Phonathon takes place each semester and provides an opportunity for La Verne students to speak with alumni about the latest highlights around campus.
The University of La Verne’s second annual LEAD Conference sends a clear message to those in attendance: Follow Your Dreams!
The University of La Verne’s second annual Latino Education Access and Development (LEAD) Conference Saturday, September 21 was all about empowering young Latinos.
With a high-impact lineup of speakers delivering powerful messages, the 1200 or so in attendance received cutting insight from giants in science, entertainment, education, government and other industries during breakout and panel discussions and a book fair.
One of the day’s most riveting messages came from emcee Bel Hernandez, who has distinguished herself in the Latino television world.
“I was always fighting because there was a lack of Latinos when I was growing up,” Hernandez said. “If we don’t see ourselves reflected we don’t feel like we belong, but we do.”
The entertainment mogul and pioneer said she struggled to find her place in Hollywood during a time when many Latinas were not even given a fair chance to audition for roles or other opportunities in the entertainment industry.
After years of working hard to promote herself and other Latinos, Hernandez is now the executive producer and co-host of HOLA! LA, the first TV talk show with a Latina point of view on English-language networks airing on KCAL9 and KCBS2.
But the “Godmother of Latino Hollywood” was just one of the speakers at the event which drew its audience from throughout Southern California.
Also on hand were La Verne President Dr. Devorah Lieberman, Congresswoman Grace Napolitano and NASA astronaut Jose M. Hernandez.
One of the key messages of the day was the value of an education, and especially a degree beyond a high school diploma.
“The only thing you will never, ever lose… you can lose your health, your wealth, your friends, and position, but you never lose your education,” Napolitano said.
Napolitano has achieved much as a politician despite having only a high school education. She advised the crowd that they could be where she is in half the time with an education that reaches beyond 12th grade. An advocate for education, Napolitano encouraged the students in the audience to always ask questions and above all else to dream, believe and achieve.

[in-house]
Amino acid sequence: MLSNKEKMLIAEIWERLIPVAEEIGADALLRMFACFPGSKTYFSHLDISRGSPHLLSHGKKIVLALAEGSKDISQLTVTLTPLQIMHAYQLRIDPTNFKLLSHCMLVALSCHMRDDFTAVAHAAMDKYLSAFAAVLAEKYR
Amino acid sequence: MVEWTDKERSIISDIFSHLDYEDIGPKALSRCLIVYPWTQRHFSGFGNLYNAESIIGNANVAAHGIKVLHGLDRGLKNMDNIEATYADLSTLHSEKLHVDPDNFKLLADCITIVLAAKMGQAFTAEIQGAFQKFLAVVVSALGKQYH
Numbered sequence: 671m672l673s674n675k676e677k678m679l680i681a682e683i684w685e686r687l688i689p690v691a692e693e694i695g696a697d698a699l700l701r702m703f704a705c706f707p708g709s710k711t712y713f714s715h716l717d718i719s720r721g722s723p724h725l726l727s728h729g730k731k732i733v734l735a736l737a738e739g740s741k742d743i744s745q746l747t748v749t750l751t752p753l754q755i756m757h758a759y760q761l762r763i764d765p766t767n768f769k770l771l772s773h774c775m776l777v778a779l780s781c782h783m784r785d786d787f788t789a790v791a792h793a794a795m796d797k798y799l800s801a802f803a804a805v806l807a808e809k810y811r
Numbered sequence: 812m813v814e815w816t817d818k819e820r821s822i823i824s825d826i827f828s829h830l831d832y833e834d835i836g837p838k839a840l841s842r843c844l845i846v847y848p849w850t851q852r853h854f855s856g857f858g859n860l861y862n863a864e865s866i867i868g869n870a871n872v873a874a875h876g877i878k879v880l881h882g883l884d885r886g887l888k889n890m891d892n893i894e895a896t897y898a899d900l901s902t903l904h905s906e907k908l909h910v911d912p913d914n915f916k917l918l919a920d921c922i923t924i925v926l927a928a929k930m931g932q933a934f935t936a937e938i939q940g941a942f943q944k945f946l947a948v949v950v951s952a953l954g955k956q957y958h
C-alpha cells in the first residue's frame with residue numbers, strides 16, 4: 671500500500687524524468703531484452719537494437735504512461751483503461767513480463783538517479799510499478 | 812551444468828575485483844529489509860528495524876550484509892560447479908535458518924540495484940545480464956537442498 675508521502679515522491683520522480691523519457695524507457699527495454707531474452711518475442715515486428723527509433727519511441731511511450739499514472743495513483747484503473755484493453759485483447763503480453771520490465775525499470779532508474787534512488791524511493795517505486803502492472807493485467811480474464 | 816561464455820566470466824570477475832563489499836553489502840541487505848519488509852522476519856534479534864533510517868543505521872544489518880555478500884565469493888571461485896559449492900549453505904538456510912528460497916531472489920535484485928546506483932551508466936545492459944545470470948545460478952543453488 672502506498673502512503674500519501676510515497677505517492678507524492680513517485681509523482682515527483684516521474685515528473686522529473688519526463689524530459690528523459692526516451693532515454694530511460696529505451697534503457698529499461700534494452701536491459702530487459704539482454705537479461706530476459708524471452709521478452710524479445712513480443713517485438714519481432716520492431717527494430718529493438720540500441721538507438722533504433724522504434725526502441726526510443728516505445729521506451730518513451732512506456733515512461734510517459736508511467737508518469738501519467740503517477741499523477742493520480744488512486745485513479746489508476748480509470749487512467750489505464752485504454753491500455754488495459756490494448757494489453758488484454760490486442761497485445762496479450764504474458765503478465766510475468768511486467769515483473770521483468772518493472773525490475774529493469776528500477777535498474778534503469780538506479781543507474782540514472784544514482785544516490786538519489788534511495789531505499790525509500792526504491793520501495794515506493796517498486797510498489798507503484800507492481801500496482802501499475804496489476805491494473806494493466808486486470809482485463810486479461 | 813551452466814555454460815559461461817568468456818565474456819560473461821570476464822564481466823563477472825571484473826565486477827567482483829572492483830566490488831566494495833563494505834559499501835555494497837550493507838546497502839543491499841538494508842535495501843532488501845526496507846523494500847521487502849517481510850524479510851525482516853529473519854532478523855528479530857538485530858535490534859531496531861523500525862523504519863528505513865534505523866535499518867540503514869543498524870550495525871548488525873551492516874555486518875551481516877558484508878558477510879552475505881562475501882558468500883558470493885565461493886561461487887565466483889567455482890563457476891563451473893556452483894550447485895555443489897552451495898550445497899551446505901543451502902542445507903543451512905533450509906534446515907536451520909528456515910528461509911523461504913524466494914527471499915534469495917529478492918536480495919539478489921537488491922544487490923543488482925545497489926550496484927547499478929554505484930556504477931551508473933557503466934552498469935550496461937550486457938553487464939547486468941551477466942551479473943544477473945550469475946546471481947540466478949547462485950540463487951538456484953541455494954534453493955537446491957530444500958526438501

President Lieberman spoke about the value of helping others.
“What we’re here to do in this community, and on this planet, is to help others succeed,” she said. “The more you can hear others’ stories, the more you can help them succeed. The more they can hear your story, the more they will help you succeed.”
Jose M. Hernandez, the astronaut, said he fully appreciates the value of encouragement. It after not one, not two, not even five, but 12 tries that Hernandez was accepted into the NASA astronaut program in 2004. In doing so, he became a pioneer, the first migrant farm worker to enter the program.
Though his family traveled from Mexico to work in agricultural fields throughout California much of the year, Hernandez’s parents refused to have their children working in the fields on school days. He said they understood the value of education and instilled the belief of the importance of an education in their children.
“Without an education you do not have anything,” he said.
It was after watching the Apollo 17 mission to the moon that Hernandez told his father that he was going to become an astronaut.
His father sat him down in the kitchen and told him that if he wanted to achieve his goal, he would have to follow a simple recipe made up of five ingredients: identifying and deciding exactly what he wanted to do and recognizing how far he was from the goal; understanding where he was and where he wanted to go; taking no shortcuts; getting a good education; and putting great effort into his education and then his career.
He now holds bachelor’s and masters degrees in electrical engineering and is the first migrant farm worker to journey into outer space.
“There are so many things that have not been done and it is up to young men and women to do them,” Bel Hernandez said. “Look at it and say, ‘Why isn’t there something like this?’ It’s up to you to do it and you can do it. You just need to want to. You just need to follow your passion.”
Latino students and their parents were encouraged to seek out college as an option, not just a far-off dream. Presenters on several panels shared their stories and successes as well as their struggles. The goal was to show students that no matter what their circumstances, success is within their reach.
Such strong and focused exhortations made the LEAD Conference, La Verne’s Day of Community Empowerment, a success.